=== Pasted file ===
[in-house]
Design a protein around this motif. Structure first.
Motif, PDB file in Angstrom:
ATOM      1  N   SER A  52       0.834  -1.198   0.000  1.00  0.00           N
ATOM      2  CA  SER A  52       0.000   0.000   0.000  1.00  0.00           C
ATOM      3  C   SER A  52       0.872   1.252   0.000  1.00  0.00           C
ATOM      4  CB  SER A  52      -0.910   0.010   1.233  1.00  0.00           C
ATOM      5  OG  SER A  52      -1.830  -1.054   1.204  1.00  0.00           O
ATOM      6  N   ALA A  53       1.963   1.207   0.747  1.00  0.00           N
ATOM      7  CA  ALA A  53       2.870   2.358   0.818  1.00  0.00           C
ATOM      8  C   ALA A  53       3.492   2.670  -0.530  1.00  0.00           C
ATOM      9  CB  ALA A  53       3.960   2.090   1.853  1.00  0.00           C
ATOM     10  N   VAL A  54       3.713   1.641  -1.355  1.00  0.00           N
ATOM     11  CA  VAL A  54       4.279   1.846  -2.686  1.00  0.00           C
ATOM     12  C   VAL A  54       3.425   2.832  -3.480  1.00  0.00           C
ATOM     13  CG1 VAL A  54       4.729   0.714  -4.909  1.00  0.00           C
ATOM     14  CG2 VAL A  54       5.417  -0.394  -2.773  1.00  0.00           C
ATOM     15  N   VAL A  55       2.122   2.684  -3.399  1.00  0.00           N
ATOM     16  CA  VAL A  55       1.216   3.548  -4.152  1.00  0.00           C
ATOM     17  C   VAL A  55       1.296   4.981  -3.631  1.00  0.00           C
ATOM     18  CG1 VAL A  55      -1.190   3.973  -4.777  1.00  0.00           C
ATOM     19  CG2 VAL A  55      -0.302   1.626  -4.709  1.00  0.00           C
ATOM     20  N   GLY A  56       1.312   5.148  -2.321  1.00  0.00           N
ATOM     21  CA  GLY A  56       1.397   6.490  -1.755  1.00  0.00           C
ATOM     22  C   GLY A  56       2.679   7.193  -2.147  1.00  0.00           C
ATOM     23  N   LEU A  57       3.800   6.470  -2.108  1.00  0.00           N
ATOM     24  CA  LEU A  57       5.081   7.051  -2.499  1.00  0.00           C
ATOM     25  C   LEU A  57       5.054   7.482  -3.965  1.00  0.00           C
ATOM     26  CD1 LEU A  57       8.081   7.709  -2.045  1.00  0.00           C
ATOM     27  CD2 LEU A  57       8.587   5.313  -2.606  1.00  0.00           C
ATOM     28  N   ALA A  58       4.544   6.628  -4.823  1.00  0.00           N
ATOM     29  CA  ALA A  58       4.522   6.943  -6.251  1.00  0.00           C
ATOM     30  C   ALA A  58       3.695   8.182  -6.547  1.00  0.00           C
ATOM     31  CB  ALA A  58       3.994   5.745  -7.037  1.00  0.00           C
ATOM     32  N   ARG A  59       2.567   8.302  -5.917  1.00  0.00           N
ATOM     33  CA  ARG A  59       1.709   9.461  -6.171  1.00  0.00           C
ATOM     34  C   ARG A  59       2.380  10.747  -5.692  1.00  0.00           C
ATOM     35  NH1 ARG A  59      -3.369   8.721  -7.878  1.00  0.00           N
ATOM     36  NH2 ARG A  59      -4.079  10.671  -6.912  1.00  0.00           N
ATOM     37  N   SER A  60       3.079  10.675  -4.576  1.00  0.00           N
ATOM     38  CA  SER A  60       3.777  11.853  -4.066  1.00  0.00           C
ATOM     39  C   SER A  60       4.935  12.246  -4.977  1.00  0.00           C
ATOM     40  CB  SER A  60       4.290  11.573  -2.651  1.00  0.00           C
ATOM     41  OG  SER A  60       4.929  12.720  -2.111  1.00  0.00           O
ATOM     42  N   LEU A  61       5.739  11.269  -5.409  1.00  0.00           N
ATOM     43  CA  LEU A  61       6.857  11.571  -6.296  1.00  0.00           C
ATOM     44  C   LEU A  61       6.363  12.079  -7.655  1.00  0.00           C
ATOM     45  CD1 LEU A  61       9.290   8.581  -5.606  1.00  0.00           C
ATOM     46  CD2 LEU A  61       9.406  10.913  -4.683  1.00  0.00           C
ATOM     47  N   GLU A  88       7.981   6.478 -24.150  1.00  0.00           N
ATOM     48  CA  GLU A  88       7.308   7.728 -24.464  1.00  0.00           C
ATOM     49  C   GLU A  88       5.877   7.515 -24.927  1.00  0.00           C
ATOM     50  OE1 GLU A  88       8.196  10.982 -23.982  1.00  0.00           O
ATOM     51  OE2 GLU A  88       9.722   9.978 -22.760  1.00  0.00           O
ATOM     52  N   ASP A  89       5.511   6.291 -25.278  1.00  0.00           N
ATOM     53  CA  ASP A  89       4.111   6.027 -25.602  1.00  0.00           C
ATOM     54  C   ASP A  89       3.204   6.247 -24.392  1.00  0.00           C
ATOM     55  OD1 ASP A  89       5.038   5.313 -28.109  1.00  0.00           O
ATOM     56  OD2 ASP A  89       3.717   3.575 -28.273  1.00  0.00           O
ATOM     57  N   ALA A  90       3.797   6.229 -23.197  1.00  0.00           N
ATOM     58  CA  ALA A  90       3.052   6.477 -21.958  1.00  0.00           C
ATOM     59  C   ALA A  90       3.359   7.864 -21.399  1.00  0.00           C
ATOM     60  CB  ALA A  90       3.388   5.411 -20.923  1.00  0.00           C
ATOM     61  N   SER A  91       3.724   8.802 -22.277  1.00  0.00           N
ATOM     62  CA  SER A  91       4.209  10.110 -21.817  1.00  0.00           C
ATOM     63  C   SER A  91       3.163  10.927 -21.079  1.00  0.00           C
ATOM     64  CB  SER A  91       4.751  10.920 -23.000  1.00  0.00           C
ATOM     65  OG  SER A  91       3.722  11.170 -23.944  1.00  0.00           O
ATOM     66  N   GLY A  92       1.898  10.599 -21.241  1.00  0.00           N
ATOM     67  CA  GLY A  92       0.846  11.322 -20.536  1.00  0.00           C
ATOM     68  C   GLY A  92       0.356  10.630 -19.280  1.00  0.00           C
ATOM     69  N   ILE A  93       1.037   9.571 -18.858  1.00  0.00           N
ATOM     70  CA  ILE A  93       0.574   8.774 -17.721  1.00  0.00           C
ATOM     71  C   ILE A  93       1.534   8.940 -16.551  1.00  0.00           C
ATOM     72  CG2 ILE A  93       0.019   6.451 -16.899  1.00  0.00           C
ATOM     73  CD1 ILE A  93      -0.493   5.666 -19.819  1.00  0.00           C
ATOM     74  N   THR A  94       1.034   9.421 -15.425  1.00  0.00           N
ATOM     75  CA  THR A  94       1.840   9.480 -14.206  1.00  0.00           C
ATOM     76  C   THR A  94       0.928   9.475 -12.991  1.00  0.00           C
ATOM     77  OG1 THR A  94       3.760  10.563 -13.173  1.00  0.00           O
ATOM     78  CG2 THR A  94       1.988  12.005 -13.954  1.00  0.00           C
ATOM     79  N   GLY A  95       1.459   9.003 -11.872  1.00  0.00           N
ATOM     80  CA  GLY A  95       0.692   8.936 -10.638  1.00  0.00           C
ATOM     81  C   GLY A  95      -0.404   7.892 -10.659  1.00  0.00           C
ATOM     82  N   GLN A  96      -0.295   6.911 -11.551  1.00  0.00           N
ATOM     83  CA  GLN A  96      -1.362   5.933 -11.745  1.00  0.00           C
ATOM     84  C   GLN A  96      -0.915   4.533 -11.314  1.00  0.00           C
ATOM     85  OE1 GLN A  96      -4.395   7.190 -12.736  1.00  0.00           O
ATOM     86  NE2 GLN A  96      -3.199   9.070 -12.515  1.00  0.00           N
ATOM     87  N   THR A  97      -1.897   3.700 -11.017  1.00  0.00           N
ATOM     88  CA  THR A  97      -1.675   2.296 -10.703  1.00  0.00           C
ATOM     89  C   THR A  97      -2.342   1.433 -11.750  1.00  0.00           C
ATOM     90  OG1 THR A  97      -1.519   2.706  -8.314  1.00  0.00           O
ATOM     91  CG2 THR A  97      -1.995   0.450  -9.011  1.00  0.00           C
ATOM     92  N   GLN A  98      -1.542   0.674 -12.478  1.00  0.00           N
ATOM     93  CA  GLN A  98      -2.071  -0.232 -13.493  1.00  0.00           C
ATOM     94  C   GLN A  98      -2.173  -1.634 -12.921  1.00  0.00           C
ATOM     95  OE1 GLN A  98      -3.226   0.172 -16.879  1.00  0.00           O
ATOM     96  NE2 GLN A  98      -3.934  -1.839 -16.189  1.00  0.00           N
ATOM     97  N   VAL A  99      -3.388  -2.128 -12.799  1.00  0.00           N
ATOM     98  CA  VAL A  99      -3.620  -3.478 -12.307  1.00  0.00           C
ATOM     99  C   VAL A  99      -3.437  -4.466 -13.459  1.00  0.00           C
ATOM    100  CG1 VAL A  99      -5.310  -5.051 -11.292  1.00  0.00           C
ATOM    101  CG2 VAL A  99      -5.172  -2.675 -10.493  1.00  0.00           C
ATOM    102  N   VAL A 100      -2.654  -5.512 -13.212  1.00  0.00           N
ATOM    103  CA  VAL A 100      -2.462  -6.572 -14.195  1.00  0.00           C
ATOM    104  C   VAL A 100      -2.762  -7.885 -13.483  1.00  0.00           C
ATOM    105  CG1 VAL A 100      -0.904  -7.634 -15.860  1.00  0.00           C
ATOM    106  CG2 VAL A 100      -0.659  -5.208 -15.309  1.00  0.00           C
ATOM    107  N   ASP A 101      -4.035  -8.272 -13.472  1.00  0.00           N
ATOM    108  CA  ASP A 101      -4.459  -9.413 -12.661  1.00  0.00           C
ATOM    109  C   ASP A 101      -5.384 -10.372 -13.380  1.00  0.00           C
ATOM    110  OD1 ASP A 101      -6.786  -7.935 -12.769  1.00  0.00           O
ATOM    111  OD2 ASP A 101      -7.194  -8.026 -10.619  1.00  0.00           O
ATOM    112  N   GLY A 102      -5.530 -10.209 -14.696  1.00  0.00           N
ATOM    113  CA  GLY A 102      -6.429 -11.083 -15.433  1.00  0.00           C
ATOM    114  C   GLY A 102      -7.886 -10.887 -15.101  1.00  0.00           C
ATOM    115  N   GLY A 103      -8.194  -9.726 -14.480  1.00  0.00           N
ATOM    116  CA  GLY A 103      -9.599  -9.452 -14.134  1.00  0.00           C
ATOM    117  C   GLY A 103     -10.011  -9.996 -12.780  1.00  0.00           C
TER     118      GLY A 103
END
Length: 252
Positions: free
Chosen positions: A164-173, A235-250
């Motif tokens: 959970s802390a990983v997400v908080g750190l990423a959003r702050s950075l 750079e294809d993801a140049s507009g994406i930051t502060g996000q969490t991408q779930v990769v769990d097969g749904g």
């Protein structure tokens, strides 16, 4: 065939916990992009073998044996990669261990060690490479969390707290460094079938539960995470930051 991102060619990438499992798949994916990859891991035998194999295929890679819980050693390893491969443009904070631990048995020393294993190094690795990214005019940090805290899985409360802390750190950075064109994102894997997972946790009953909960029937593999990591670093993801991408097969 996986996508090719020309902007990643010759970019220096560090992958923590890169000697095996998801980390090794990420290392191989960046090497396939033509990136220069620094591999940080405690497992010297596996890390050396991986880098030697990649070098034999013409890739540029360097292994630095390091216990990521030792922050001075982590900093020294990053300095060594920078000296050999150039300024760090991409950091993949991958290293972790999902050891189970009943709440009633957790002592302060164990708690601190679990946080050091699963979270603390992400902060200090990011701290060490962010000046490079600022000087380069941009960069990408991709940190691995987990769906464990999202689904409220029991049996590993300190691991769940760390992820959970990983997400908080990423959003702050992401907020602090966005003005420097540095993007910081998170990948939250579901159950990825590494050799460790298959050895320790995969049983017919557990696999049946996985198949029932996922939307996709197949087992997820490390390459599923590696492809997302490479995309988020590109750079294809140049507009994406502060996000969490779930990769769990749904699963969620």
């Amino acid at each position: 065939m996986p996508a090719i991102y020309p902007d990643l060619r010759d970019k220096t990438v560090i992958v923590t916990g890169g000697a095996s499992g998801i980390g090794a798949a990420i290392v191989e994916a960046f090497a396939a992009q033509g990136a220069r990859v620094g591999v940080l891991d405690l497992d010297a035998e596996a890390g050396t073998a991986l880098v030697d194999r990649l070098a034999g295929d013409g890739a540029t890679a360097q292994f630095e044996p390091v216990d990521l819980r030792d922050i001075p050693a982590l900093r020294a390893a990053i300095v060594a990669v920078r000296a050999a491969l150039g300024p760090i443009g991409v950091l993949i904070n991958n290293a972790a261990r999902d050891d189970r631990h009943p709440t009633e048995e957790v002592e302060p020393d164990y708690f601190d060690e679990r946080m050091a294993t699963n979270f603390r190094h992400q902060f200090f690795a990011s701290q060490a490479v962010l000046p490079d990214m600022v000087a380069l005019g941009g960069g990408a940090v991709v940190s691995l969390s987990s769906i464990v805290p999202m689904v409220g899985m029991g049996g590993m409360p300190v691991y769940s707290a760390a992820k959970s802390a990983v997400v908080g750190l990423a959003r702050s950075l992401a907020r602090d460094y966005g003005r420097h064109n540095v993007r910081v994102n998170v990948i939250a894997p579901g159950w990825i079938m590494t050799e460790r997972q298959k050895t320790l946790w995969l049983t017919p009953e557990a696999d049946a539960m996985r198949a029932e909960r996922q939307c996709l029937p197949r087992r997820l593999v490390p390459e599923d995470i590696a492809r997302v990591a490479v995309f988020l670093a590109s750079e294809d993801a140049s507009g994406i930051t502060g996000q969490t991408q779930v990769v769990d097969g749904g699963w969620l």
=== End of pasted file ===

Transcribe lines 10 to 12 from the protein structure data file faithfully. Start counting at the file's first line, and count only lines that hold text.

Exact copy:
ATOM      7  CA  ALA A  53       2.870   2.358   0.818  1.00  0.00           C
ATOM      8  C   ALA A  53       3.492   2.670  -0.530  1.00  0.00           C
ATOM      9  CB  ALA A  53       3.960   2.090   1.853  1.00  0.00           C